Hello! It's been a while, but I wanted to start a new series of stories and histories about vinyl records in general to help answer a lot of common questions you may come across when collecting or browsing records. The first part of the series will be on the difference between mono and stereo sound.
To start let's breakdown what we mean when we say mono or stereo. You'll see these names come up all the time as you collect vinyl, especially vintage records because there can be a big price distinction if you are purchasing a mono copy or a stereo copy. Mono or monoaural as you will sometimes see it, refers to one audio channel. This is more important when speaker technology began to develop-- a single audio channel means that the music coming out of the left speaker will be the exact same as the music coming out of the right speaker. The production of mono records is really interesting. Because manufacturers only have to worry about one audio channel- the grooves are only cut in the lateral direction. In other words, the depth of the grooves is constant while the 'side to side' is what creates the sound.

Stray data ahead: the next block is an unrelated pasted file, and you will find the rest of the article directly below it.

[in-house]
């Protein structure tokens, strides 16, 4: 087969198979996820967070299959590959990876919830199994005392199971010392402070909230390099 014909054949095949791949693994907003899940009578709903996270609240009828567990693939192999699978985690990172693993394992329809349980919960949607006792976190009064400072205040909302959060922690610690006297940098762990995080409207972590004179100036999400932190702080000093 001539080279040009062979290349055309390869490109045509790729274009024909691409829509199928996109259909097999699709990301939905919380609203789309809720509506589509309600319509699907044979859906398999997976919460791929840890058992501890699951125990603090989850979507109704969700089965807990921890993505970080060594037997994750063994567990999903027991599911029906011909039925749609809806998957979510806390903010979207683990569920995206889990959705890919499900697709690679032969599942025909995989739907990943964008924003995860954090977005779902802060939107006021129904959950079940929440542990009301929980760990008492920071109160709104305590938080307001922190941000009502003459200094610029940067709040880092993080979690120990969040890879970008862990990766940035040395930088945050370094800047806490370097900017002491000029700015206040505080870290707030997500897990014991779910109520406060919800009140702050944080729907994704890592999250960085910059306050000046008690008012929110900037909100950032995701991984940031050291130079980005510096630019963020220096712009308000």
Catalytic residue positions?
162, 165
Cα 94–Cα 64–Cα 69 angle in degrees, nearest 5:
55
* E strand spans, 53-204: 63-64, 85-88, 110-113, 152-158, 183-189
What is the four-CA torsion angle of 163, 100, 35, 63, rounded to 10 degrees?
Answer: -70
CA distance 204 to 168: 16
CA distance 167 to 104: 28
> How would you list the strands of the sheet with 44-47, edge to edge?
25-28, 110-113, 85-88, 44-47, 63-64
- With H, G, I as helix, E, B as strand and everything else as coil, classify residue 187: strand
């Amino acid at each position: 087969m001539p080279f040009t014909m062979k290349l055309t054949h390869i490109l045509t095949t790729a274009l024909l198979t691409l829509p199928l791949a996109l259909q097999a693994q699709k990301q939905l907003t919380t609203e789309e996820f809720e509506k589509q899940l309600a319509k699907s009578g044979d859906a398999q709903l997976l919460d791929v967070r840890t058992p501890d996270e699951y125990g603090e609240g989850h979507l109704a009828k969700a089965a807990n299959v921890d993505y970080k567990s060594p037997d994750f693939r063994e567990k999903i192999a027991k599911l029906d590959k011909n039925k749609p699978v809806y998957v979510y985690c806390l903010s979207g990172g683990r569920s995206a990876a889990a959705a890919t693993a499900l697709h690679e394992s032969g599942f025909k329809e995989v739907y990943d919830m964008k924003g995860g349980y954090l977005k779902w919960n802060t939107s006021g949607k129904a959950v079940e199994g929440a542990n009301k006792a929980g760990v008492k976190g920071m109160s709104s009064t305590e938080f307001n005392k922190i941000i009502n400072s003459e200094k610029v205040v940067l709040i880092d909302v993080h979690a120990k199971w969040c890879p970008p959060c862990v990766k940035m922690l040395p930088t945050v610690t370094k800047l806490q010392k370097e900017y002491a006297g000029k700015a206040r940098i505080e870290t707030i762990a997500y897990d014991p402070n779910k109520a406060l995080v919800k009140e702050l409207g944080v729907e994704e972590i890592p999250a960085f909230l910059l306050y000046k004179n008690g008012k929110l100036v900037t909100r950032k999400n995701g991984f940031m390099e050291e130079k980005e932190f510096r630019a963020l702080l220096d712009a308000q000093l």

So if mono was so good, why create stereo sound? Audio engineers in the 50s wanted to create a sound that more closely mimicked how humans actually hear and process sound. Master audio engineer Scott Hull has a great description of the stereo engineering process. Instead of thinking of stereo sound as "left" and "right", the more accurate description is the "mono component" and the "different component". If you ever see M-S, or middle-side, this is what it's referring to!
Collectors nowadays might opt for mono records as they are the rarer of the two and are sometimes considered the more authentic and often times is the original release.